From Sun-Day to the Lord’s Day
The Cultural History of Sunday in Late Antiquity and the Early Middle Ages
Uta Heil (ed)
- Pages: 500 p.
- Size:156 x 234 mm
- Illustrations:8 b/w, 2 tables b/w., 1 maps b/w
- Language(s):English, German
- Publication Year:2022
- € 120,00 EXCL. VAT RETAIL PRICE
- ISBN: 978-2-503-59826-0
- Forthcoming (Oct/22)
- c. € 120,00 EXCL. VAT RETAIL PRICE
- ISBN: 978-2-503-59827-7
- Contains contributions in Open Access
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This anthology, based on a conference in Vienna in 2019, investigates the relevance of Sunday and the weekly rhythm in Late Antiquity and the Early Middle Ages in the everyday life of people, in monasticism, in synods, in further imperial and ecclesiastical laws, in disciplinary and liturgical developments.
Uta Heil is professor for Church History at the University of Vienna, corresponding member of the Austrian Academy of Sciences and main editor of the Journal of Ancient Christianity.
Ever since the Christianization of the planetary week in Late Antiquity, the notion of Sunday as a day of rest, as well as the rhythm of a seven-day week, has been a constant. Yet the cultural history of Sunday in Late Antiquity and the Early Middle Ages is complex. Detailed research reveals a greater diversity than appears at first glance. For example, Sunday did not simply replace the Sabbath, nor was the Jewish Sabbath commandment directly adopted. Furthermore, the Sunday laws of Emperor Constantine officially gave the inhabitants of the Roman Empire a day of rest free of work, but the effect and reception of the laws is hard to grasp, even among Christian authors. Moreover, Sunday was by no means a central theme in the history of late antique Christianity, so that the scattered references must be interpreted.
This edited collection, based on a conference in Vienna in 2019, investigates the relevance of Sunday and the weekly rhythm in Late Antiquity and the Early Middle Ages in the everyday life of people, in monasticism, in synods, in further imperial and ecclesiastical laws, and in disciplinary and liturgical developments. It also covers controversies with the Jewish Sabbath as well as reflections on the aspect of rest, freedom, and of charity. While exploring different views and regional differences, the contributions show the growing importance of the Lord’s Day, especially since the sixth century, as part of the Christianization of society and the sacralization of the calendar.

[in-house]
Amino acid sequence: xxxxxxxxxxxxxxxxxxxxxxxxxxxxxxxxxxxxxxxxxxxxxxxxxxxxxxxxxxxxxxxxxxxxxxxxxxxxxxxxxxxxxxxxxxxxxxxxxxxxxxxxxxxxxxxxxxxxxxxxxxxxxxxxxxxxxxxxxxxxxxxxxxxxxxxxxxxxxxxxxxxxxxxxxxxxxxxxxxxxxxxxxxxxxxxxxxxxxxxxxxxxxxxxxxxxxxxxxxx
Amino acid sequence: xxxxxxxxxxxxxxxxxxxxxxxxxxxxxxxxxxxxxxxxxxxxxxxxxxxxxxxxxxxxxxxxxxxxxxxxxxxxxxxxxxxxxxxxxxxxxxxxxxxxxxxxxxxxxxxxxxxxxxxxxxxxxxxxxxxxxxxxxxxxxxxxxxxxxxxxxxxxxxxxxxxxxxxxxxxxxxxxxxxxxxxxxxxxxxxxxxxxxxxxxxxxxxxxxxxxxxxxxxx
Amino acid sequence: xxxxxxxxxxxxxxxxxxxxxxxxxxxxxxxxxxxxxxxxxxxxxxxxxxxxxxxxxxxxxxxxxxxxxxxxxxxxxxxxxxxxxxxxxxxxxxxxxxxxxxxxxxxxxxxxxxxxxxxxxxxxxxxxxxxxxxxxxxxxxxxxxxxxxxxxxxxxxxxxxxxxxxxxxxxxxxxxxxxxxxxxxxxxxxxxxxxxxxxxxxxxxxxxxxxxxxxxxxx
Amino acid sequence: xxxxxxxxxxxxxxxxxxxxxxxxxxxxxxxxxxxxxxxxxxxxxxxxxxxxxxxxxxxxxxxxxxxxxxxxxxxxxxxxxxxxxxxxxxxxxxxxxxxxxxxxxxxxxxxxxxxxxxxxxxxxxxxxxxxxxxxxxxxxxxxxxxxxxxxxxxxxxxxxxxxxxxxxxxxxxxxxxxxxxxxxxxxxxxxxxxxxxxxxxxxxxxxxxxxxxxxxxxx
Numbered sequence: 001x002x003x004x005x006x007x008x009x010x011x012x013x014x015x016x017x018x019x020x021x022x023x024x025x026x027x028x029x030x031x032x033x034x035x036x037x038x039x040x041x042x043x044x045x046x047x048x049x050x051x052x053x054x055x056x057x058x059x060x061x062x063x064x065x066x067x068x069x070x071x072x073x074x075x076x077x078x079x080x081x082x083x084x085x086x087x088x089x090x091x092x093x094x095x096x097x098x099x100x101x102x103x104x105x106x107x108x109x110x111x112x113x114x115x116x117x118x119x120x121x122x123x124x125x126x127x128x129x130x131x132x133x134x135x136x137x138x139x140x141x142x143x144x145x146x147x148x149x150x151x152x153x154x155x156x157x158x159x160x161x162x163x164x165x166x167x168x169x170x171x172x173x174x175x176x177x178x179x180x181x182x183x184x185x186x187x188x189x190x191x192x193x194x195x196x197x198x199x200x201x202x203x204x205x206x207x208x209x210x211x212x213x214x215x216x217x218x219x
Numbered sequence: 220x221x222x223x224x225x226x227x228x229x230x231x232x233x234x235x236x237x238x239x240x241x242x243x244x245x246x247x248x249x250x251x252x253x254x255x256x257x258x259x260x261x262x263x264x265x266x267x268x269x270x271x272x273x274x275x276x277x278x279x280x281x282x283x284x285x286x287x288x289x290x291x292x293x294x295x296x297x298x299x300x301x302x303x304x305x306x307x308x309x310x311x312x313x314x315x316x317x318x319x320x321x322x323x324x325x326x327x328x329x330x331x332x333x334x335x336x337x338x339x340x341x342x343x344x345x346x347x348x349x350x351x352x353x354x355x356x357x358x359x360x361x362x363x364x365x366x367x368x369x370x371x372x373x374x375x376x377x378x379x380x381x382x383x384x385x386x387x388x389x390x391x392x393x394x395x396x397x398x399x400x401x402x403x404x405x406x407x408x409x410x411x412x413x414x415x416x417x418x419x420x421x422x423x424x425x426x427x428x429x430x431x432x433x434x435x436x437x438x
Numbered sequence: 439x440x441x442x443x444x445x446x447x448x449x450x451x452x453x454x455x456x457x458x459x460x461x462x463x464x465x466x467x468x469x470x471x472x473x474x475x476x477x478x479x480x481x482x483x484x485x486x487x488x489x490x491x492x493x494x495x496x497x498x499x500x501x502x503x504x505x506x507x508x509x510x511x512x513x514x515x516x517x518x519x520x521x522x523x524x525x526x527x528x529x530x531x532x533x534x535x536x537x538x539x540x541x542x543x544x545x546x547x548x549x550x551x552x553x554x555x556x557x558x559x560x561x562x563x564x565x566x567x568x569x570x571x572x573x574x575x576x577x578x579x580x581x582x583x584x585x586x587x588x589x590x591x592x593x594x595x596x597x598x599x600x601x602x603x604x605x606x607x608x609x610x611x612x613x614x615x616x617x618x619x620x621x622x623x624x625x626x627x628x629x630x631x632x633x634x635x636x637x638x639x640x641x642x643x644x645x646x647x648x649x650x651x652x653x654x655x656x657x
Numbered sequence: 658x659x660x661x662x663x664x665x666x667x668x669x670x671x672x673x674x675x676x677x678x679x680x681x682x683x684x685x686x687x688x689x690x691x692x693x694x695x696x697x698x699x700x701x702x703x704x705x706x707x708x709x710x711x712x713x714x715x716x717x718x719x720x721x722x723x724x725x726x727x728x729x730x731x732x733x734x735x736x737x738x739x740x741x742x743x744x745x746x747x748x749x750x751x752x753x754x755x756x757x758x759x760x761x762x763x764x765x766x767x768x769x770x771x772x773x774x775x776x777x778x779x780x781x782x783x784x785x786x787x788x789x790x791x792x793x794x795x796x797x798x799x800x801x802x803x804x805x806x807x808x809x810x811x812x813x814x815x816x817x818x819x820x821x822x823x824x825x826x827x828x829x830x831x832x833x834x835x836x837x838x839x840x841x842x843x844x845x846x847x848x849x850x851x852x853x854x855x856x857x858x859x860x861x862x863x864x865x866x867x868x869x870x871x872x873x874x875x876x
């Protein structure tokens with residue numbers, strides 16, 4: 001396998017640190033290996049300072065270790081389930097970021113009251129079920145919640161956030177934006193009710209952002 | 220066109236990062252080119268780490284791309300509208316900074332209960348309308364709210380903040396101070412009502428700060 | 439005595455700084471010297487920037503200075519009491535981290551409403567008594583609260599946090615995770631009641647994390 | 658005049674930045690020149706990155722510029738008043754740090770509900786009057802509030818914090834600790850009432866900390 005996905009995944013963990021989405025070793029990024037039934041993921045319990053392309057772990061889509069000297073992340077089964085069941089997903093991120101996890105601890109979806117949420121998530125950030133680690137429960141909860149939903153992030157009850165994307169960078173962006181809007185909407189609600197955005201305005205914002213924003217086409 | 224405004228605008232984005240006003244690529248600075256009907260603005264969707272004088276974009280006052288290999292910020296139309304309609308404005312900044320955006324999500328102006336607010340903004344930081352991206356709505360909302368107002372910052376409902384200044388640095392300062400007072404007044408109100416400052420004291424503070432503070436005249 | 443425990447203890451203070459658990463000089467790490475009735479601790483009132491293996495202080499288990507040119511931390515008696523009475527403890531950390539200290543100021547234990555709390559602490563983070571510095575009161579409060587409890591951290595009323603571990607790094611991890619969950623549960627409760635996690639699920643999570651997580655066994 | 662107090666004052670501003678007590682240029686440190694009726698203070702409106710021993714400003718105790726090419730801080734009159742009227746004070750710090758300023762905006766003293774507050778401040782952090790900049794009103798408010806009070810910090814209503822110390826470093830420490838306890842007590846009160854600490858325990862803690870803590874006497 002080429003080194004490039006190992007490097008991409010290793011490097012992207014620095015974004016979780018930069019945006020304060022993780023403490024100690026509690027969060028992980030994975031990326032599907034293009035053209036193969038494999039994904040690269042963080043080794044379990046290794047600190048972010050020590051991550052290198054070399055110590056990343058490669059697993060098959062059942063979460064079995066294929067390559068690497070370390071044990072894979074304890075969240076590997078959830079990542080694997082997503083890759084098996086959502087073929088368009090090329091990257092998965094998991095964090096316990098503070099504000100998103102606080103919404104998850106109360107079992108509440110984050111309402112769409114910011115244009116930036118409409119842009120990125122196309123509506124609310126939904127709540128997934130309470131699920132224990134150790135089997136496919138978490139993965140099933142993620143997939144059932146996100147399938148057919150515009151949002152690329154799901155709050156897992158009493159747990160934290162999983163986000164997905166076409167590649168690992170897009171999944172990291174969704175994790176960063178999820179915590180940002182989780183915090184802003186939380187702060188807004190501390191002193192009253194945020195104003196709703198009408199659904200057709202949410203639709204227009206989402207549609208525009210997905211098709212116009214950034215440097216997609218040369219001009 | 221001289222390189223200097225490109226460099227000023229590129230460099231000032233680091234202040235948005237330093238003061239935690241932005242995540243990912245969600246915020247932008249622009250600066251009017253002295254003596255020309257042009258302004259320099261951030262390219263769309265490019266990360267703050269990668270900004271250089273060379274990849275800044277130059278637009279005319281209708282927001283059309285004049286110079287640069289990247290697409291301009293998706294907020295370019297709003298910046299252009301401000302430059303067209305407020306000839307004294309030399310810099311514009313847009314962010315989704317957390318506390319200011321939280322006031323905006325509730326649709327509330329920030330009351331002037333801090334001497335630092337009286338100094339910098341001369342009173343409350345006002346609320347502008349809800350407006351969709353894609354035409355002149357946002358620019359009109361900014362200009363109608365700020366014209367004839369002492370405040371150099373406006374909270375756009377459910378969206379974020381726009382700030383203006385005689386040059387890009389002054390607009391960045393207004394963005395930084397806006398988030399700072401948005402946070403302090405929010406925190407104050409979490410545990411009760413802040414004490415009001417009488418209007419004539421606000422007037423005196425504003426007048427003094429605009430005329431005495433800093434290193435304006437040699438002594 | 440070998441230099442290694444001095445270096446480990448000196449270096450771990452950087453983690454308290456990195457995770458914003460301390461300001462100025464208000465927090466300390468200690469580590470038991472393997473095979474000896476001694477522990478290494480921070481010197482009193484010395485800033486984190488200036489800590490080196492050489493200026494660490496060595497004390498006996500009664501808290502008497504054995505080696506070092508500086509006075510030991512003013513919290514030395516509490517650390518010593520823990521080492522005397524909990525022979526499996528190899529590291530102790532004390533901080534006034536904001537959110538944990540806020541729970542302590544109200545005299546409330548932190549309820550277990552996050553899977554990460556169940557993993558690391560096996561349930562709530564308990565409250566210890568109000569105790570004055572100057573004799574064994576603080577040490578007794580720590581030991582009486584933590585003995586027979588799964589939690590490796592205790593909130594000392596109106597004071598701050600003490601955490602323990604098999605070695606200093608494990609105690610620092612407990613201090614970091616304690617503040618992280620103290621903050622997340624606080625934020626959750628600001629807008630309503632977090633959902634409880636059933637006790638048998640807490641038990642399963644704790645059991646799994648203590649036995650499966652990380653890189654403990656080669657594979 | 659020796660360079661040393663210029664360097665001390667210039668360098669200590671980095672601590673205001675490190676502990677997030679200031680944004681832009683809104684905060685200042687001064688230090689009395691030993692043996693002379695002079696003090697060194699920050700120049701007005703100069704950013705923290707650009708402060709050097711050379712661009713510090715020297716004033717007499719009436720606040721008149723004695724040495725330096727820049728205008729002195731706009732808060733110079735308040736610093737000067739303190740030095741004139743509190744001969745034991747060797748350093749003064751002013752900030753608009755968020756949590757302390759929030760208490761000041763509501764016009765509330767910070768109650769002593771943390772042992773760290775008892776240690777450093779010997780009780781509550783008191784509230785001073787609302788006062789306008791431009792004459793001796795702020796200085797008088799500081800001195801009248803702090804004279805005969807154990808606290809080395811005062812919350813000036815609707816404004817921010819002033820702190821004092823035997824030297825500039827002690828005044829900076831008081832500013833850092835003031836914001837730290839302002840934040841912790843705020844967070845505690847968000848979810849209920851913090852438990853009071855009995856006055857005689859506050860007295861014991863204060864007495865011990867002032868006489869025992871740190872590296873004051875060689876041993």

From Sun-Day to the Day of the Lord: Introduction — Uta Heil,
Christianisation of the Empire or Power Struggle with Licinius? The Sunday Legislation of Constantine the Great and Its Historical Context — Fritz Mitthof
Missachtung der Sonntagsruhe als Kapitalverbrechen. Einige Bemerkungen zu dem Neufund einer spätantiken Kaiserkonstitution aus Anaia — Uta Heil / Fritz Mitthof
The Emperor Never Rests — Sofie Remijsen
Parting of the Days
Sabbath or Sunday? Rabbis and Church Fathers in Dialogue — Günter Stemberger
Redefining the Sabbath Rest in the Sermons of Augustine: Of Heart, (Re)Quies, and Time — Marie-Ange Rakotoniaina
Structuring of Time
Business as Usual? Sunday Activities in Aphrodito (Egypt, Sixth to Eighth Century AD) [evidence mainly from papyri] — Sofie Remijsen
In Search of Synodical Activities on Sundays — Thomas Graumann
Sunday in Late Antique Arabia and Palestine according to Epigraphy and Hagiography — Basema Hamarneh
The Sunday in Palestinian Monasticism — Andreas Müller
Discipline and Punishment
The Christian Sunday in the Sixth Century: The Sunday Discourse in Politics — Mischa Meier
Hagiography and the Canons on Sunday Work — Ian Wood
Sunday and the Organisation of Freedom in Late Roman Law and Early Medieval Liturgy — Els Rose
Sunday Observance — Norms and Norm Deviation in Late Antiquity — Wolfram Kinzig
Remarks on Sunday in the Early Church — Michael Durst
Sunday Celebration in the Early Church:A Review of Basic Structures, Characteristic Elements and Significant Developments — Harald Buchinger
Not Every Sunday Is the Same:Observations on the Development of the ‘Sunday propria’ in the Liturgies of the Old Gallican Rite in the Early Middle Ages — Volker Drecoll
Propter magna mysteria: Some Observations on Sunday and on Numerology in Walahfrid Strabo’s Handbook — Richard Corradini